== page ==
A trip isn't a trip until I nearly run out of gas. I was at an eighth of a tank as I turned north on US 81 off of I-70 in central Kansas today. I assumed that there would soon be a gas station.

There wasn't. Although 81 is a big, sweeping four-lane at that point, I went for miles and miles without so much as seeing a billboard, much less a gas station.

As I approached the small town of Minneapolis, KS, I thought sure that there would be a gas station near the exit. I skipped the first exit, which showed no signs of life, and went on to the second. When that exit had no gas station, I assumed there was another exit over the hill. There was not.

The "low fuel" light went on. I knew I had 20 miles in the tank. But there were no stations in those twenty miles. I followed a semi real close so his draft would aid me.

Finally, I knew I was at the end. There was an exit ahead. I decided to take it, since the sign announced a town.

Alas, that town was nine miles off the highway.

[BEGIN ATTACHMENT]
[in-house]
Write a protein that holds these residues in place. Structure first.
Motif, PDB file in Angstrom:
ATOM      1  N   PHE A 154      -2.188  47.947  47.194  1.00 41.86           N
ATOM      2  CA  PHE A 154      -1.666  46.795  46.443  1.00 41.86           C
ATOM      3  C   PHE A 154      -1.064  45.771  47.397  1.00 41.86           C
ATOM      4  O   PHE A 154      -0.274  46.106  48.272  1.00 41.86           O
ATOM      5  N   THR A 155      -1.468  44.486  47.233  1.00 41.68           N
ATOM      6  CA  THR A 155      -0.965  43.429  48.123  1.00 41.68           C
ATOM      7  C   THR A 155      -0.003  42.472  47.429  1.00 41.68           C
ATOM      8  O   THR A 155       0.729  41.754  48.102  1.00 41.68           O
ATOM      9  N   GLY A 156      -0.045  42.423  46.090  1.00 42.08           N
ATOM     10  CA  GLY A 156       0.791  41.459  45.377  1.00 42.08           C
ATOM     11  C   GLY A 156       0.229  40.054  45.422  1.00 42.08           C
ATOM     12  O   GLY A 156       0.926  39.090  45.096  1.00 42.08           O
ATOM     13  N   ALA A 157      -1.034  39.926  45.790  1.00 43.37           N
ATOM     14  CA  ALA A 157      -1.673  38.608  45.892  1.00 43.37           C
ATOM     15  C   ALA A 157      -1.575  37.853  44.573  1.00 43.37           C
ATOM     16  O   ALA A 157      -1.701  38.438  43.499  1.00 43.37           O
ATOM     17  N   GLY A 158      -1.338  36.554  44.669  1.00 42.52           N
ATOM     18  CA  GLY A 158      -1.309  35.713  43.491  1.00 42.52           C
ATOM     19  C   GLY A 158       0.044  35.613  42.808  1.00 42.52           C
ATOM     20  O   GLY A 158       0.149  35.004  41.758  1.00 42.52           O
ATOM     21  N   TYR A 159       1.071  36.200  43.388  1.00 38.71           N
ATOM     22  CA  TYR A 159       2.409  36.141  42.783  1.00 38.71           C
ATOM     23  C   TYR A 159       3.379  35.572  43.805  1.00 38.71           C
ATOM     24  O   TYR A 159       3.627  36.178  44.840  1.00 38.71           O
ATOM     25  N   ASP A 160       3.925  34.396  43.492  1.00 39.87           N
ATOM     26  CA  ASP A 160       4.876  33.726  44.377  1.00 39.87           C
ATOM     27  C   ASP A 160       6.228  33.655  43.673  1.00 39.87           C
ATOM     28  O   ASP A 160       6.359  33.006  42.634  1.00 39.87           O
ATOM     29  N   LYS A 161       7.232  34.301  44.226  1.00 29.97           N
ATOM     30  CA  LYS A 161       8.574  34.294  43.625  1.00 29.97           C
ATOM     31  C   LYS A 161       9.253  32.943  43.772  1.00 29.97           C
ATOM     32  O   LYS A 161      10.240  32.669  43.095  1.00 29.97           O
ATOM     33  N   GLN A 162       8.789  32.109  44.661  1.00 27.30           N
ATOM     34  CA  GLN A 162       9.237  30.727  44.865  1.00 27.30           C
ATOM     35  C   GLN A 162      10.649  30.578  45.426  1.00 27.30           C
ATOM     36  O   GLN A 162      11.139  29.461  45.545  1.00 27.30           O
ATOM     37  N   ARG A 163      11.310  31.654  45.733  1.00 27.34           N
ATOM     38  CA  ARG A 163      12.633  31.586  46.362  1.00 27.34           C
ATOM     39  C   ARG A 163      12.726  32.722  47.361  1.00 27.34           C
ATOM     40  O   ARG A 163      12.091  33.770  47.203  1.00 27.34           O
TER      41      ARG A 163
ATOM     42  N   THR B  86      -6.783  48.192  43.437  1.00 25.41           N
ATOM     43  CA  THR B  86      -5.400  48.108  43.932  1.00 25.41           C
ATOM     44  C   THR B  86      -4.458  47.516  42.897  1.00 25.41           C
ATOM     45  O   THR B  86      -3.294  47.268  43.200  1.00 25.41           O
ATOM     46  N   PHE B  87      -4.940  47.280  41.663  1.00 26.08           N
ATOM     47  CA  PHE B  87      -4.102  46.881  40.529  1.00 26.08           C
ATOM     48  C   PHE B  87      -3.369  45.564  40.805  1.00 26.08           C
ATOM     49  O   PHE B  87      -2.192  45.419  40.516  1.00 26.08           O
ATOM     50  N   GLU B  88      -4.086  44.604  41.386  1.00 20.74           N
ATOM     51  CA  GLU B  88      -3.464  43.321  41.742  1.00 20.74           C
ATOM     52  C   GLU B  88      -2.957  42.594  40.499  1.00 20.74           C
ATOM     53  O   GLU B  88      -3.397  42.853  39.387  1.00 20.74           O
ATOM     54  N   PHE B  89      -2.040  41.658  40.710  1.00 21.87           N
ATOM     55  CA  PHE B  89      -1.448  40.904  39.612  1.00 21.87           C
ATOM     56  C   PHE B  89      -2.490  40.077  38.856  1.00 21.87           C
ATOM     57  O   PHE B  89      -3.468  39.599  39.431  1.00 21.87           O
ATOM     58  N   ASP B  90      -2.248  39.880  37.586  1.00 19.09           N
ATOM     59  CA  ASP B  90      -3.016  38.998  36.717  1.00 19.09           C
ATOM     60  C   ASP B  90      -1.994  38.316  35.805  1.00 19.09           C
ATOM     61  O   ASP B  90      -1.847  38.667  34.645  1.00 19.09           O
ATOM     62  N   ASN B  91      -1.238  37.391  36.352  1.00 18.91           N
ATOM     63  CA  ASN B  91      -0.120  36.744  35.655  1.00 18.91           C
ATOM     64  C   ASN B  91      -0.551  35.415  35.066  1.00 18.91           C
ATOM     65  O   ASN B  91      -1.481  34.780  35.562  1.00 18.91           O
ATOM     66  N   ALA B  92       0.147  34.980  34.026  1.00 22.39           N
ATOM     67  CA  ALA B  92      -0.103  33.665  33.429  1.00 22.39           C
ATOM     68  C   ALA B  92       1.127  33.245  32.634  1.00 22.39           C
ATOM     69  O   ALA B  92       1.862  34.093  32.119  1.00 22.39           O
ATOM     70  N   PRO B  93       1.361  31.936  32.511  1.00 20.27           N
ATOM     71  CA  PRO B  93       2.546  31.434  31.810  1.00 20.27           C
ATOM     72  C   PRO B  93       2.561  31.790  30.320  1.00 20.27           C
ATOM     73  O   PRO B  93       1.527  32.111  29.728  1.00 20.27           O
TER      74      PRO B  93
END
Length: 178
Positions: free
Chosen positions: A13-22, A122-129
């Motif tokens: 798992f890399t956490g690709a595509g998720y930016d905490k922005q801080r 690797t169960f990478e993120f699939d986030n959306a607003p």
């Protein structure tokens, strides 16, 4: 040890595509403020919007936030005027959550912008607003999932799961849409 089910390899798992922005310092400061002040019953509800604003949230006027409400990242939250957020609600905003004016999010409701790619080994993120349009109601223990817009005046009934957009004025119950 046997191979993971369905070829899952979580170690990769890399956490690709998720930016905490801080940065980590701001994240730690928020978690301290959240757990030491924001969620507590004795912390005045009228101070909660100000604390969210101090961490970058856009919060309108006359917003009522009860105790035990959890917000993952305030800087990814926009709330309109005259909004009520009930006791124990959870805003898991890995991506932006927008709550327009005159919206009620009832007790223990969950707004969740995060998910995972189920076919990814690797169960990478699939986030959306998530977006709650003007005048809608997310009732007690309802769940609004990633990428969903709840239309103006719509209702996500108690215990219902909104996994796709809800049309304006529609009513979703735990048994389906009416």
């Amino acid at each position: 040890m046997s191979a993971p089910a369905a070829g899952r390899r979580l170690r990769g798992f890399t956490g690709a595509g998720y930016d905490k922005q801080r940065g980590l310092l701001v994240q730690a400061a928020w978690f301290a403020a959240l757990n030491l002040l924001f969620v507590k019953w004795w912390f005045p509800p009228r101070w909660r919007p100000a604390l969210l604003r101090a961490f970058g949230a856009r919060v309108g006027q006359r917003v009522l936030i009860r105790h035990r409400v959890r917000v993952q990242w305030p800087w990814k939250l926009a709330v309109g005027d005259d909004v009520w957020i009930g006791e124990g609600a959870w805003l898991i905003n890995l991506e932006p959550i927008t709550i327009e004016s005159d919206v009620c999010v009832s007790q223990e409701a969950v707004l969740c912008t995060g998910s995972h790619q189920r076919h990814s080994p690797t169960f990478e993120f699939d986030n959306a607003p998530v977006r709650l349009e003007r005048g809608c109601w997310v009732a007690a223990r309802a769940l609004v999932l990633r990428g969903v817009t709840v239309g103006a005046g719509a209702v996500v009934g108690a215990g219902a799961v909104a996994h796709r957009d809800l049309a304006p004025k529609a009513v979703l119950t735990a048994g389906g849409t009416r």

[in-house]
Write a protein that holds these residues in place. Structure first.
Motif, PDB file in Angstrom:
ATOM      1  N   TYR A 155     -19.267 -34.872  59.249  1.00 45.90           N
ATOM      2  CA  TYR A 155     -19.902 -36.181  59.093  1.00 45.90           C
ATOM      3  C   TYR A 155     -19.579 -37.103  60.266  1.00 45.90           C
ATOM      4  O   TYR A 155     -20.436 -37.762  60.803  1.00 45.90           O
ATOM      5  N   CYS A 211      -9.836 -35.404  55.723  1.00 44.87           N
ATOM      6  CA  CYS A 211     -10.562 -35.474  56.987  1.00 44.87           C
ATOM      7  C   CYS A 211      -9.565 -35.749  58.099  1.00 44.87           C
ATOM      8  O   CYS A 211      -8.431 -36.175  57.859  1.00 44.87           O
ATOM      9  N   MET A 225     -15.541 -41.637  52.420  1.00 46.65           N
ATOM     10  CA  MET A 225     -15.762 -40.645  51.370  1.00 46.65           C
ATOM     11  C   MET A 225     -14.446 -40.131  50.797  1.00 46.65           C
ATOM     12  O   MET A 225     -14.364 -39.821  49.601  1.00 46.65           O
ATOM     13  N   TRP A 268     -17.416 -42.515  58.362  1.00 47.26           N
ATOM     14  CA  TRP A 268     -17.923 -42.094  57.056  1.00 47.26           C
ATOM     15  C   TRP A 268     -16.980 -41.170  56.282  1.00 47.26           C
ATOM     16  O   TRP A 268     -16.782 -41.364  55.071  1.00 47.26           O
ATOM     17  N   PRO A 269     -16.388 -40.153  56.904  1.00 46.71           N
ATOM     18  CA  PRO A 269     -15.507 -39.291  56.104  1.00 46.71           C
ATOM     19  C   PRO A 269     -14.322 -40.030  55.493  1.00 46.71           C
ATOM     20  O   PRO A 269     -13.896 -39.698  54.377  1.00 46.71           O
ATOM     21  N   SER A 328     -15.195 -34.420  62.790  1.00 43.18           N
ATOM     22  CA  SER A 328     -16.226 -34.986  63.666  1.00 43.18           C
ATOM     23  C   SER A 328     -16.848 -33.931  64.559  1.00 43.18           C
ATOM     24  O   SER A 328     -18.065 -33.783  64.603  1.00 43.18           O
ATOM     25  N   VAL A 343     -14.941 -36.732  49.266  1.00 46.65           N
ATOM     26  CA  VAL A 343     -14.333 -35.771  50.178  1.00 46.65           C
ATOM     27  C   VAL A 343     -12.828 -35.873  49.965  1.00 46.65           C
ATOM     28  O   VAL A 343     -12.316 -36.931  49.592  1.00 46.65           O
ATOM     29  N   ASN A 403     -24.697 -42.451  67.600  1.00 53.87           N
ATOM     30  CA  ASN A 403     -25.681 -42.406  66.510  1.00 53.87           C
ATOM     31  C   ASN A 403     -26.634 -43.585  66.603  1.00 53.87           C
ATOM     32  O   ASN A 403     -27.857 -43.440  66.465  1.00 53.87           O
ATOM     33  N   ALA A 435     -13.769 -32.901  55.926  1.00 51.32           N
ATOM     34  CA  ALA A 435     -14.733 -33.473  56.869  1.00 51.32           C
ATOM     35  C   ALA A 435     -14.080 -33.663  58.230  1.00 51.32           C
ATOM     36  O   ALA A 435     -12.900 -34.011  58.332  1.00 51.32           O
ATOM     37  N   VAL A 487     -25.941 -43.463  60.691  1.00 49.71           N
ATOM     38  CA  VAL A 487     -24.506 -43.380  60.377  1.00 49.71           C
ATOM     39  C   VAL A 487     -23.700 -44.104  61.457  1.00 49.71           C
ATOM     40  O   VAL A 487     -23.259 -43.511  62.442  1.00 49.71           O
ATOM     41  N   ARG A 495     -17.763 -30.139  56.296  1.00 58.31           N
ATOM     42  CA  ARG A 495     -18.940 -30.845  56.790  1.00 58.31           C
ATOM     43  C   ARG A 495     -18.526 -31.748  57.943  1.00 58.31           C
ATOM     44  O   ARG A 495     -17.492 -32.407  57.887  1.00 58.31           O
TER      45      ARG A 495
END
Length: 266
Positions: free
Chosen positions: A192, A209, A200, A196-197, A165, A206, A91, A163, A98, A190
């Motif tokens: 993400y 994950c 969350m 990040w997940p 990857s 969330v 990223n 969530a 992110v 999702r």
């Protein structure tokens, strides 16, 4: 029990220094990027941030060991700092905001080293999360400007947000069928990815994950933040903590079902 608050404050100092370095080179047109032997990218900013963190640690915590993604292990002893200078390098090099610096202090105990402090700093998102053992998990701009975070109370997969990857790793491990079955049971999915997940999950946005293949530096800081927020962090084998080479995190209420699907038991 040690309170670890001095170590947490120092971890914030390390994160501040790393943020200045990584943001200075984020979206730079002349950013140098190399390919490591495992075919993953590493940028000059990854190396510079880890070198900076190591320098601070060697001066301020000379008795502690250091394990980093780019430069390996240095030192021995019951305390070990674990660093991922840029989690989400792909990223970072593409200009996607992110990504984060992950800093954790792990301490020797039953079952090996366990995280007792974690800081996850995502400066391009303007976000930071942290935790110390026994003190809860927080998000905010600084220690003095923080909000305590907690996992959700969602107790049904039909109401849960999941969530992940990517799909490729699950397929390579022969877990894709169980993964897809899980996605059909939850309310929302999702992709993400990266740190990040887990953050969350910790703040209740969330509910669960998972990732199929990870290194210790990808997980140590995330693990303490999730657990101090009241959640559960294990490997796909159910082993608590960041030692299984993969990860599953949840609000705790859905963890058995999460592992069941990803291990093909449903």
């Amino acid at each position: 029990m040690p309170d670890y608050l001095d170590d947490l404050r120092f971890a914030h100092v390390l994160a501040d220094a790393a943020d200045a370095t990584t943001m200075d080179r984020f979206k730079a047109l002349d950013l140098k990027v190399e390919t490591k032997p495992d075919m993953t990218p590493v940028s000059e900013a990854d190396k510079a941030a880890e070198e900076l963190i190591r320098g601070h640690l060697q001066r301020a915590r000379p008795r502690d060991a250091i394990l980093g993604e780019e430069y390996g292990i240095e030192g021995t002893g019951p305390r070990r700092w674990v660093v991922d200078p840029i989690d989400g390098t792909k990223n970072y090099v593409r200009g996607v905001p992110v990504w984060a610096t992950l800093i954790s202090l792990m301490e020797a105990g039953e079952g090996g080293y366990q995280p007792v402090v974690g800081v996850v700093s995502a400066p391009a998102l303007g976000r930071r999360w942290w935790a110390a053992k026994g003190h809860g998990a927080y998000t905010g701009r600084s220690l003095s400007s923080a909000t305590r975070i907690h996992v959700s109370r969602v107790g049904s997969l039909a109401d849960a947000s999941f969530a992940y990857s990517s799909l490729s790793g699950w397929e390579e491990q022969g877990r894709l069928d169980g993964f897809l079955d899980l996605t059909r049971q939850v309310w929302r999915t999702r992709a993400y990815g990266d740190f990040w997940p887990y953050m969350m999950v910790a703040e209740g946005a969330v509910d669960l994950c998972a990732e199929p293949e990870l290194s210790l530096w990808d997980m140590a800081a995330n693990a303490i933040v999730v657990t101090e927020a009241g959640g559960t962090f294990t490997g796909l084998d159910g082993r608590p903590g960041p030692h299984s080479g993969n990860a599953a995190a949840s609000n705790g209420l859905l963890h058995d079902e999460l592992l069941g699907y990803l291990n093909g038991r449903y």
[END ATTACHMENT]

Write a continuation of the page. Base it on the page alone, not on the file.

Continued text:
So, I pulled into a junkyard. It was an odd place. Dozens of wreckers, some wrecked, some which seemed to be in service. The building was boarded up, and large trees grew out of the foundation--yet somebody seemed to be home.

I rang the bell. There was banging inside. A delay. And then a bleary-eyed teenage girl peeked through the door I asked if they had gas. She said no. She wanted me gone. I said do you know where I could get any? Nope, she said. She turned back and asked a man behind her, and he said nope. She slammed the door.

I think I happened upon an amateur pharmaceutical business. Darn, if I had been quicker on my feet I could have offered them the two sheets of Sudafed in my pickup in exchange for gas.

Instead, I went the a farmstead I spotted up on the next hill.

Knocked on the house door. Nobody home. Went to the shop. Nobody there. Just cats. Yelled "Hello!" repeatedly. Nothing.

Found three fuel tanks. The first one I tried was gas. I knocked twice more on the house door, wrote a note, put down some cash, and drove to the tank. Just a couple of drips came out.

I found the faucet which turned on the gas and was I ever relieved to hear gas gurgling in my tank.

After about a gallon, I slammed the nozzle back on the tank, replaced the cap, jumped in my pickup and roared away. I didn't want to explain. I paid generously for the gallon, and I left my name and number, so I think I am covered. But still, I feel like a bit of a crook. I was relieved to cross the state line.